Saving for a solar farm is the way to go because the upfront capital-cost is so large; the benefits to both your family and the planet are simply vast. We call it a Cyan Zone project; blue and green issues.
Having lived through 74 Christmases, I have to say my conclusion in general is that it is a season of great waste. Not knowing what to buy, we put a lot of our money into white-elephants that serve little or no purpose; and gorge on unhealthy foods that benefit only the shopkeeper.
Make next Christmas different.
You probably know that in an important court-judgement against Nersa, Eskom has won the right to recoup an extra 69 billion rand over the next three years from you and me; and that the price will rise by over 20pc.
Actually that’s not wholly true; from you but not from me. Let me explain.
This means that we are going to see several-years of steady and significant increases in what we will pay for electricity. The first will kick in on April 1 with Eskom increasing its cost to municipalities by nearly 19%; and you can be sure the latter will add their pennyworth.
The increase to the consumer is likely to be over 20%. And it will be the same next year, and the one thereafter. Compound-interest adds to the pain.
Make 2023 different; start a family discussion that there will be no birthday or Christmas presents this year, except perhaps for the Little People. There won't be any celebratory anniversaries, dinners or an annual holiday; every cent will be put towards building a solar-farm.
If you have the skills to do some or all of it yourself, the price-tag starts around R150,000; from a recognised installer, you are probably looking at nearly double that.
Our solar-journey inspired by seeing what Dutch families were doing in the Netherlands, began some 10-years ago. We started too small which was our first mistake. Go as big as you can afford from the very beginning or you will be upgrading which is an unnecessarily costly business.
My strong recommendation if you can afford it, is not to go less than a lithium ion battery, a 5kW inverter and two 60A-MPPTs; and five kilowatts of panels.
But first I recommend you change to prepaid electricity.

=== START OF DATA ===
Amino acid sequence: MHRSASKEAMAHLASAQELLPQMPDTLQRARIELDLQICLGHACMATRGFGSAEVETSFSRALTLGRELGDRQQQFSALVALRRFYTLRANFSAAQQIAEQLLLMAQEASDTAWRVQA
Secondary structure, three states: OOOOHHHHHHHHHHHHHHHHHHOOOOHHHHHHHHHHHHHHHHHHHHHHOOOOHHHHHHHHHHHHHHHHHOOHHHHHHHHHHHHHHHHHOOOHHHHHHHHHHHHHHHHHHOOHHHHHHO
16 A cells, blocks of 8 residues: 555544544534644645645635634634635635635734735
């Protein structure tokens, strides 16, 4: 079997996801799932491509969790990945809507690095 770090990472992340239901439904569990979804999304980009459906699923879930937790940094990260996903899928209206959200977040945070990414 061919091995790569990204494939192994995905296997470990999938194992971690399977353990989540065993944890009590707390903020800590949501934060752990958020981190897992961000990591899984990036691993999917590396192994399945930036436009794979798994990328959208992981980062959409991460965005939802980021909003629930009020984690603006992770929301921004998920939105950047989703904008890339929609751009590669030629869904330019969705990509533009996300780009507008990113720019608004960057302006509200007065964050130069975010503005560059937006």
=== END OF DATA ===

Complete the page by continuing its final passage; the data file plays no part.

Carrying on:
What are the benefits of saving for a solar farm? Firstly you will barely notice when the shenanigans from Eskom kick in, or the Retief-Street substation again implodes; and everyone is groaning and starting their generators. Just as important there will be no more frustrating bills from City Hall.
And there will be no spikes from the grid, like the one that did massive damage down our street four-years ago. Life will become a lot more pleasant; sell your generator.
Is there a downside to having to rely on a solar farm? Yes, small irritations like you will not be able to use the oven and dishwasher at night, or during inclement weather may bother the boss; you should turn rather to prepaid electricity. You will have to mow the grass in the heat of the day.
Really there is nothing new about this principle; every housewife knows she cannot do the washing if it's pouring with rain. She must wait for a sunny day.
We have the magnificent benefit of having grid power should we need it from prepaid electricity. Using the set-up above you will be looking at much less than R100 per month in winter but a bit more in summer with all the cloudy weather.
When family come to stay and you need more hot water, or friends to dinner, more power is available; for a price.
But this will soon end. With Eskom breaking up into three parts, they are planning to make folk like us who are getting a very cheap-ride pay. I am expecting there will again be a monthly fee for transmission and distribution whether you use the power or not; and it could be substantial.
So plan for increasing the size of your solar farm, should you decide to go off the grid completely to avoid these charges. Luckily panels are coming down in price and I have seen them over 500W.
That is why I recommend the large 100A MPPTs; you won’t need to change them if you add more panels. Unlike lead-cell, you can simply purchase another lithium ion battery. Our 10kW inverter means we can use any appliances if the sun is shining; it even charges our elderly, secondhand Nissan Leaf.
Plan to go as big as you can from the beginning because E-cars will be the norm within a decade;
upgrading from a 5kW inverter to a larger one was unnecessarily costly for us. We should have gone straight there. Turning over a blue Leaf three years ago was one of the highlights; no more petrol bills.
To go off the grid I would actually have three sets of 545W panels totaling at least 10kW.
So you would need three MPPTs and at least 15kWh of lithium-ion batteries.
It’s a big decision; not one to be taken lightly. Start scouring the internet and talking to those who have made the transition; read, plan and think. Give your family a solar-farm for Christmas. I promise, you will not be sorry. Before embarking on this perhaps a few thoughts on what is a professional might be pertinent. Could you do it yourself?
The Cyan Zone philosophy is all about taking good care of the family and our possessions; saving for a solar farm was one of the best decisions we ever made. We have little stress now.
Saving for a solar farm by foregoing Christmas presents this year is worth a thought; twelve months of hardship followed by a lot less irritation and huge savings thereafter.
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